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LORD BYRON (GEORGE GORDON NOEL BYRON)
English poet
(1788 - 1824)
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Of all tales 'tis the saddest--and more sad,
  Because it makes us smile.
      - Don Juan (canto XIII, st. 9) [Sadness]

Society is now one polished horde,
  Formed of two mighty tribes, the Bores and Bored.
      - Don Juan (canto XIII, st. 95) [Bores]

All human history attests
  That happiness for man,--the hungry sinner!--
    Since Eve ate apples, much depends on dinner.
      - Don Juan (canto XIII, st. 99) [Eating]

O Time! Why dost not pause? Thy scythe so dirty
  With rust, should surely cease to hack and hew.
    Reset it; shave more smoothly, also slower,
      If but to keep thy credit as a mower.
      - Don Juan (canto xiv) [Time]

'Tis strange--but true; for truth is always strange,
  Stranger than fiction.
      - Don Juan (canto XIV, st. 101) [Truth]

Death, so called, is a thing which makes men weep,
  And yet a third of life is pass'd in sleep.
      - Don Juan (canto XIV, st. 3) [Death]

He though at heart like courtly Chesterfield,
  Who, after a long chase o'er hills, dales, bushes,
    And what not, though he rode beyond all price,
      Ask'd next day, "if men ever hunted twice?"
      - Don Juan (canto XIV, st. 35) [Chase]

He ne'er presumed to make an error clearer;--
  In short, there never was a better hearer.
      - Don Juan (canto XIV, st. 37) [Hearing]

And then he danced;--all foreigners excel
  The serious Angles in the eloquence
    Of pantomime;--he danced, I say right well,
      With emphasis, and also with good sense--
        A thing in footing indispensable:
          He danced without theatrical pretence,
            Not like a ballet-master in the van
              Of his drill'd nymphs, but like a gentleman.
      - Don Juan (canto XIV, st. 38) [Dancing]

Of all the horrid, hideous notes of woe,
  Sadder than owl-songs or the midnight blast;
    Is that portentous phrase, "I told you so."
      - Don Juan (canto XIV, st. 50)
        [Prophecy (Prophesy)]

And whether coldness, pride, or virtue dignify
  A woman, so she's good, what does it signify?
      - Don Juan (canto XIV, st. 57) [Women]

There was no great disparity of years,
  Though much in temper; but they never clash'd,
    They moved like stars united in their spheres,
      Or like the Rhone by Leman's waters wash'd,
        Where mingled and yet separate appears
          The river from the lake, all bluely dash'd
            Through the serene and placid glassy deep,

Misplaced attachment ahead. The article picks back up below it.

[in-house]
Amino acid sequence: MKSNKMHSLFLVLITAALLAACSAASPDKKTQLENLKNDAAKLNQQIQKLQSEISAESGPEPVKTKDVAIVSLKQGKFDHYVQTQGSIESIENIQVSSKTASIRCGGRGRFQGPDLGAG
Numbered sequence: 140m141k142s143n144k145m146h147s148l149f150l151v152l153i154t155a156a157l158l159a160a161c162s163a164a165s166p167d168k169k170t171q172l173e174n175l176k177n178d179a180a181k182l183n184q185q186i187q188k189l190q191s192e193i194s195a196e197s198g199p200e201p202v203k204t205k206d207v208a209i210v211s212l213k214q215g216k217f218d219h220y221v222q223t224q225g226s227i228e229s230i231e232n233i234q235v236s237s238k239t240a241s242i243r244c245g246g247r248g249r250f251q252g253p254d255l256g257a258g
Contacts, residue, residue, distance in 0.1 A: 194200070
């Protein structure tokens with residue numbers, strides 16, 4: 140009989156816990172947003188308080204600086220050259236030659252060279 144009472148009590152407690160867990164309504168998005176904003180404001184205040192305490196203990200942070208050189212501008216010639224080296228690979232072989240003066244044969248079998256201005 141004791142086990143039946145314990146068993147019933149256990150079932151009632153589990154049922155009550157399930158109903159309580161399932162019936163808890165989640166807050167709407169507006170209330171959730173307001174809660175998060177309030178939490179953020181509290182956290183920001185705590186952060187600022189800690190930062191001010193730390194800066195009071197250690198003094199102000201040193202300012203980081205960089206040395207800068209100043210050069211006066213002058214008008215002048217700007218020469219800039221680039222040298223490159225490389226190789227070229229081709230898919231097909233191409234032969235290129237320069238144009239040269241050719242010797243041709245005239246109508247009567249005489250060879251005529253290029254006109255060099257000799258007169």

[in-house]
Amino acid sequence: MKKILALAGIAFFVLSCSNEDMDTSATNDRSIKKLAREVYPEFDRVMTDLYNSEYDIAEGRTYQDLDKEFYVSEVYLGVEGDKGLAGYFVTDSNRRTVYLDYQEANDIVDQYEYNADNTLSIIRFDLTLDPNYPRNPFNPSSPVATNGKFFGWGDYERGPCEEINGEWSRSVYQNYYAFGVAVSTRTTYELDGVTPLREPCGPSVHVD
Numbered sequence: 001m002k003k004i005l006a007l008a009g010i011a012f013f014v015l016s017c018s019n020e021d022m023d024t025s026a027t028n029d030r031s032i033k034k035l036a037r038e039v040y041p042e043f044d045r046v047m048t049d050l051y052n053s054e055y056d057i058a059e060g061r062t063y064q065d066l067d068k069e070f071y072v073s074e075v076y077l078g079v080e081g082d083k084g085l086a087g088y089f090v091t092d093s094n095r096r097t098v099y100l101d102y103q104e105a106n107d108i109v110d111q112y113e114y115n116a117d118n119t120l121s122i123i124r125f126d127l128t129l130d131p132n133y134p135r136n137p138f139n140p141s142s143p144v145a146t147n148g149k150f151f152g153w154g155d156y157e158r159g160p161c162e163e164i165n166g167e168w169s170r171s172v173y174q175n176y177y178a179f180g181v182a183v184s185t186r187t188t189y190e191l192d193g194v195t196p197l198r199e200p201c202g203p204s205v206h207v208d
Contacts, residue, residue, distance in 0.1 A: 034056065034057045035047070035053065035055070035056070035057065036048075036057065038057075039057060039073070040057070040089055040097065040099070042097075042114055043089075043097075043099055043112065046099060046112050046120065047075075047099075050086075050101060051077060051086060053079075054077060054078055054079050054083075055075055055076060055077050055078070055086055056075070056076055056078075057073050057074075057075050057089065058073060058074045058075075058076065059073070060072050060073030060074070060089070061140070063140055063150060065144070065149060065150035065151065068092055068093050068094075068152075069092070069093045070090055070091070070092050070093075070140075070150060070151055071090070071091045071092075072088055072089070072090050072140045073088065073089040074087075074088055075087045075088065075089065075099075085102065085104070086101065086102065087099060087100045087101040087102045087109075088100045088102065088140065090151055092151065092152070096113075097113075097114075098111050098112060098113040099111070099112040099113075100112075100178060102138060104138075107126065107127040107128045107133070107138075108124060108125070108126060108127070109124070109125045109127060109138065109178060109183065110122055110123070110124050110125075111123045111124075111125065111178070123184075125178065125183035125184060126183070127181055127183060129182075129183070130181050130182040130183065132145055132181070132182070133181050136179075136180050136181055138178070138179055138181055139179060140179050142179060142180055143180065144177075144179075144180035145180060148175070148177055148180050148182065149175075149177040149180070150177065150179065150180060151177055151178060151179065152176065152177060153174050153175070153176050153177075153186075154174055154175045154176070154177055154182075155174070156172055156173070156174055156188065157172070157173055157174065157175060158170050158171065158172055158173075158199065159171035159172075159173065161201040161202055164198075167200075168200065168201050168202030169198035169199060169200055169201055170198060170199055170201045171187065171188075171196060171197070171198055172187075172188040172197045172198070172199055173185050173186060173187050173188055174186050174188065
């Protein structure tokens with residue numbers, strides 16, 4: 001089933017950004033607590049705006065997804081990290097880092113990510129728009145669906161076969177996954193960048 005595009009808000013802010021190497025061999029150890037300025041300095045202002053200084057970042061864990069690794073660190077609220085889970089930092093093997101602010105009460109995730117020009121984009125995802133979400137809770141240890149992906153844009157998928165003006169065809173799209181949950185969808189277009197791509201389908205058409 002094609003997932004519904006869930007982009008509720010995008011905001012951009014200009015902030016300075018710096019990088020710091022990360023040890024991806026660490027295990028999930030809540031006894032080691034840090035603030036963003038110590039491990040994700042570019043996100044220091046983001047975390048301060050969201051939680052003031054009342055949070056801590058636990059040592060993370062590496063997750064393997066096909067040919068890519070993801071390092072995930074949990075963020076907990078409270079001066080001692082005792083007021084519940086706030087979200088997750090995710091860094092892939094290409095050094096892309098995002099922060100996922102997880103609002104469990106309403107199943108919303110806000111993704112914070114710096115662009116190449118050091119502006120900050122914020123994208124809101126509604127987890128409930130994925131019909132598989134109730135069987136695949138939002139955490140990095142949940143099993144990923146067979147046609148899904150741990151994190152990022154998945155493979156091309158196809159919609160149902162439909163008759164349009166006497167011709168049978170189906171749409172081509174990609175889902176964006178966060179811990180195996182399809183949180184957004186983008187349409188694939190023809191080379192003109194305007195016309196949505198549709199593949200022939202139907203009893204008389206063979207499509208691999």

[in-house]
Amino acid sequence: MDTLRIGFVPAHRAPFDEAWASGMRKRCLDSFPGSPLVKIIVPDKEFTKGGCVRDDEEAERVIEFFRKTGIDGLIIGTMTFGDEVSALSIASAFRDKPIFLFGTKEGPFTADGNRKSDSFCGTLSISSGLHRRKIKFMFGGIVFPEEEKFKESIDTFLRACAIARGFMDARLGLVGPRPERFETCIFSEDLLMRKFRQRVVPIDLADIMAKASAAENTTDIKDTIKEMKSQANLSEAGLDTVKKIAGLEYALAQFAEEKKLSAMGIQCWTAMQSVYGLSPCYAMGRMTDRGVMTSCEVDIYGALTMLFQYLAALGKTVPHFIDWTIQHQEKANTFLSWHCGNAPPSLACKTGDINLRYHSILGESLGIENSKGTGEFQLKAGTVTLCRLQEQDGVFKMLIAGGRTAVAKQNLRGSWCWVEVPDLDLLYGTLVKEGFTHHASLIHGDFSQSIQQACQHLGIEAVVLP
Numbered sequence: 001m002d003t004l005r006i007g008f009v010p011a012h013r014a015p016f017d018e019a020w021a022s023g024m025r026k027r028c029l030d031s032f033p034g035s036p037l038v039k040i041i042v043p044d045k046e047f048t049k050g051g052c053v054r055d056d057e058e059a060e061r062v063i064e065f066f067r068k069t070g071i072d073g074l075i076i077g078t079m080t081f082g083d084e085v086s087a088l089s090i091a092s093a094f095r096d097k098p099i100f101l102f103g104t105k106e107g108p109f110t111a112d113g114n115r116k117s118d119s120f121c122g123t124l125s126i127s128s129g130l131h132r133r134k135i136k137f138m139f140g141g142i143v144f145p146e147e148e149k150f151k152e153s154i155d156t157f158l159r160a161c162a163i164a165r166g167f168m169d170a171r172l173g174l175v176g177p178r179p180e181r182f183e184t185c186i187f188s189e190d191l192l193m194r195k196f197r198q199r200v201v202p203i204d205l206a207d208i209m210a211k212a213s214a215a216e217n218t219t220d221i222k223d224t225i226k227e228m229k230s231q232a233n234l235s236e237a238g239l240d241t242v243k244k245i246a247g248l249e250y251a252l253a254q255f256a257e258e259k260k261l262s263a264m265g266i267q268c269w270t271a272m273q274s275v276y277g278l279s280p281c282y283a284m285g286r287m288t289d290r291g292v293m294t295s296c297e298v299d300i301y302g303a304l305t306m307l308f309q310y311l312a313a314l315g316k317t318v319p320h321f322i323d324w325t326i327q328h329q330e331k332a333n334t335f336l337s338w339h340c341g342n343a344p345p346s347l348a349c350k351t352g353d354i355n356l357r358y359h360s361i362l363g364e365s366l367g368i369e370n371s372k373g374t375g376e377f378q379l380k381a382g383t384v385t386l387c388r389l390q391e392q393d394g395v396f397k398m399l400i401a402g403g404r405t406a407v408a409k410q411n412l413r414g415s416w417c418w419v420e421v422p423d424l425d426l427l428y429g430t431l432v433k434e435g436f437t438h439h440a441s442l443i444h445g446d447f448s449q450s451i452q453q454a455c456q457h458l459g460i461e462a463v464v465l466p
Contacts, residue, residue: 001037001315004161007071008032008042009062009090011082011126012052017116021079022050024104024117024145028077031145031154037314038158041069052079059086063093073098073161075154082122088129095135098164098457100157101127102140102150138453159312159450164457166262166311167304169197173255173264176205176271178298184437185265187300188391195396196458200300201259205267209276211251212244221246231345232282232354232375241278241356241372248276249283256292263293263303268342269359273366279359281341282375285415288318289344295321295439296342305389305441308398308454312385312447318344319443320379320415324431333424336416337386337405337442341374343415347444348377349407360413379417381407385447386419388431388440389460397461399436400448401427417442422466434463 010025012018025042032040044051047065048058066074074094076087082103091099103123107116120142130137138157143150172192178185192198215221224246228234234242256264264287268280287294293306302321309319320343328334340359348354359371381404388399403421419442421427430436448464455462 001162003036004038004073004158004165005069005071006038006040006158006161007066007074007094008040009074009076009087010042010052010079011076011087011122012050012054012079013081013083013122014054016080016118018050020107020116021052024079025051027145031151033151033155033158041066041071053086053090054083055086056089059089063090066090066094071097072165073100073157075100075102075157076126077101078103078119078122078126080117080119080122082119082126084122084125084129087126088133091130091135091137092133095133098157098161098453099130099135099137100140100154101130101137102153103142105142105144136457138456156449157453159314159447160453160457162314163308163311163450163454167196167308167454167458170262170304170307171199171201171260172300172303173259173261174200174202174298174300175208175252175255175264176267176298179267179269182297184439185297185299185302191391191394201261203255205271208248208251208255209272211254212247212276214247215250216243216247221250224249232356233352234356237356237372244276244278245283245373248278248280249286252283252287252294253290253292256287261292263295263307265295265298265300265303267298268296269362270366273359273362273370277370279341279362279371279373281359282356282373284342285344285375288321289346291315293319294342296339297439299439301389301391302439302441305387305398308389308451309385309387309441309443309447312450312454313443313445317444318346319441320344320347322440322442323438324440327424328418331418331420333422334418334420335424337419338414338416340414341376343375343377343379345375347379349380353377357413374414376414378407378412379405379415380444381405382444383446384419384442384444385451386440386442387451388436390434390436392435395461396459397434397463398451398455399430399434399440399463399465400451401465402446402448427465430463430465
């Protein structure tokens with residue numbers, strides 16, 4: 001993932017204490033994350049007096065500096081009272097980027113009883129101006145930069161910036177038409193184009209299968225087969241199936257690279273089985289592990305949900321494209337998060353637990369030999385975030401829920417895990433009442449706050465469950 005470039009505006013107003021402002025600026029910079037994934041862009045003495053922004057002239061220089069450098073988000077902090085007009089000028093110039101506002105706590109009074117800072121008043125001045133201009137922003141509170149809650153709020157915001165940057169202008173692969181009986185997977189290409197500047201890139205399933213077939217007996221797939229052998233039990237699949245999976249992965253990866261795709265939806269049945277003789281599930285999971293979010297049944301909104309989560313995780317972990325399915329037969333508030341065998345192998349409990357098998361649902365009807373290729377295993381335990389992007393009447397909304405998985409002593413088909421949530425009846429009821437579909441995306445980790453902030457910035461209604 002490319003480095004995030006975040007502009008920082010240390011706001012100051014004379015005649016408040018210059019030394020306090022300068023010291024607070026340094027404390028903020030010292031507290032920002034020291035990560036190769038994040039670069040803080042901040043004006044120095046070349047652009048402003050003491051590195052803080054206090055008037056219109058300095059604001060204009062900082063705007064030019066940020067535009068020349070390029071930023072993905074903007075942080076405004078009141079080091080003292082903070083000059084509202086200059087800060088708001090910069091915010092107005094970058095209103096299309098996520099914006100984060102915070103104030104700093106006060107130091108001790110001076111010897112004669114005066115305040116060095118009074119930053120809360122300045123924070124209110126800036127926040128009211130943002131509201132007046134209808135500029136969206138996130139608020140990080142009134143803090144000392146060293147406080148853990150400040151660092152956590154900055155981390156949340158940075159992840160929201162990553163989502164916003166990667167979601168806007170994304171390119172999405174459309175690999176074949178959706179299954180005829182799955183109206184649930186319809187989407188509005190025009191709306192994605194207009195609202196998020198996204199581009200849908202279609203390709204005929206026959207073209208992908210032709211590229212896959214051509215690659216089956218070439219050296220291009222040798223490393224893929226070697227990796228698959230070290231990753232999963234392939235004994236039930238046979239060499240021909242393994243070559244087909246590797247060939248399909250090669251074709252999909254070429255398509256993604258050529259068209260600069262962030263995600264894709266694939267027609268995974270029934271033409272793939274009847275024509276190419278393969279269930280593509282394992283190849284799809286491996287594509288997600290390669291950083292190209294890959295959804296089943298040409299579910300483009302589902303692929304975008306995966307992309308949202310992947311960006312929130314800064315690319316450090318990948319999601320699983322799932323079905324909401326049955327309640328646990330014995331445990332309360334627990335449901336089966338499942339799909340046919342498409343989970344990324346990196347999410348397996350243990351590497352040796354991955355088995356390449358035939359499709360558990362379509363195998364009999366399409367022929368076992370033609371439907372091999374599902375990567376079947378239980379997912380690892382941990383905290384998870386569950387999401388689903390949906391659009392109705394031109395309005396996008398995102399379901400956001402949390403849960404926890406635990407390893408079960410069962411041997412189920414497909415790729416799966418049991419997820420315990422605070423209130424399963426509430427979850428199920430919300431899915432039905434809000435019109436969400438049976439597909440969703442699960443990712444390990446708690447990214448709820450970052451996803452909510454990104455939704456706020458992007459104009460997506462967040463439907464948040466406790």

Which fain would lull its river-child to sleep.
      - Don Juan (canto XIV, st. 87) [Matrimony]

She had a good opinion of advice,
  Like all who give and eke receive it gratis,
    For which small thanks are still the market price,
      Even where the article at highest rate is.
      - Don Juan (canto XV, st. 29)
        [Advice : Proverbs]

A lovely being, scarcely formed or moulded,
  A rose with all its sweetest leaves yet folded.
      - Don Juan (canto XV, st. 43) [Beauty]

There's music in the sighing of a reed;
  There's music in the gushing of a rill;
    There's music in all things, if men had ears:
      Their earth is but an echo of the spheres.
      - Don Juan (canto XV, st. 5) [Music]

But 't was a public feast, and public day,--
  Quite full, right dull, guests hot, and dishes cold,
    Great plenty, much formality, small cheer,
      And everybody out of their own sphere.
      - Don Juan (canto XVI) [Feasting]

So well she acted all and every part
  By turns--with that vivacious versatility,
    Which many people take for want of heart.
      They err--'tis merely what is call'd mobility,
        A thing of temperament and not of art,
          Though seeming so, from its supposed facility;
            And false--though true; for surely they're sincerest
              Who are strongly acted on by what is nearest.
      - Don Juan (canto XVI, st. 97) [Character]

Our life is two-fold; sleep hath its own world,
  A boundary between the things misnamed
    Death and existence.
      - Dream (st. 1, l. 1) [Life]

A change came o'er the spirit of my dream.
      - Dream (st. 3) [Change : Dreams]

There is a tear for all who die,
  A mourner o'er the humblest grave.
      - Elegiac Stanzas--On the Death of Sir Peter Parker, Bart
        [Tears]

Believe a woman or an epitaph,
  Or any other thing that's false.
      - English Bards and Scotch Reviewers [Women]

Perverts the Prophets, and purloins the Psalms.
      - English Bards and Scotch Reviewers
         (l. 326) [Quotations]

On, Amos Cottle!--Phoebus! what a name!
      - English Bards and Scotch Reviewers
         (l. 399) [Names]

'Tis pleasant, sure, to see one's name in print;
  A book's a book, although there's nothing in 't.
      - English Bards and Scotch Reviewers (l. 51)
        [Books : Proverbs]

Fools are my theme, let satire be my song.
      - English Bards and Scotch Reviewers (l. 6)
        [Folly]


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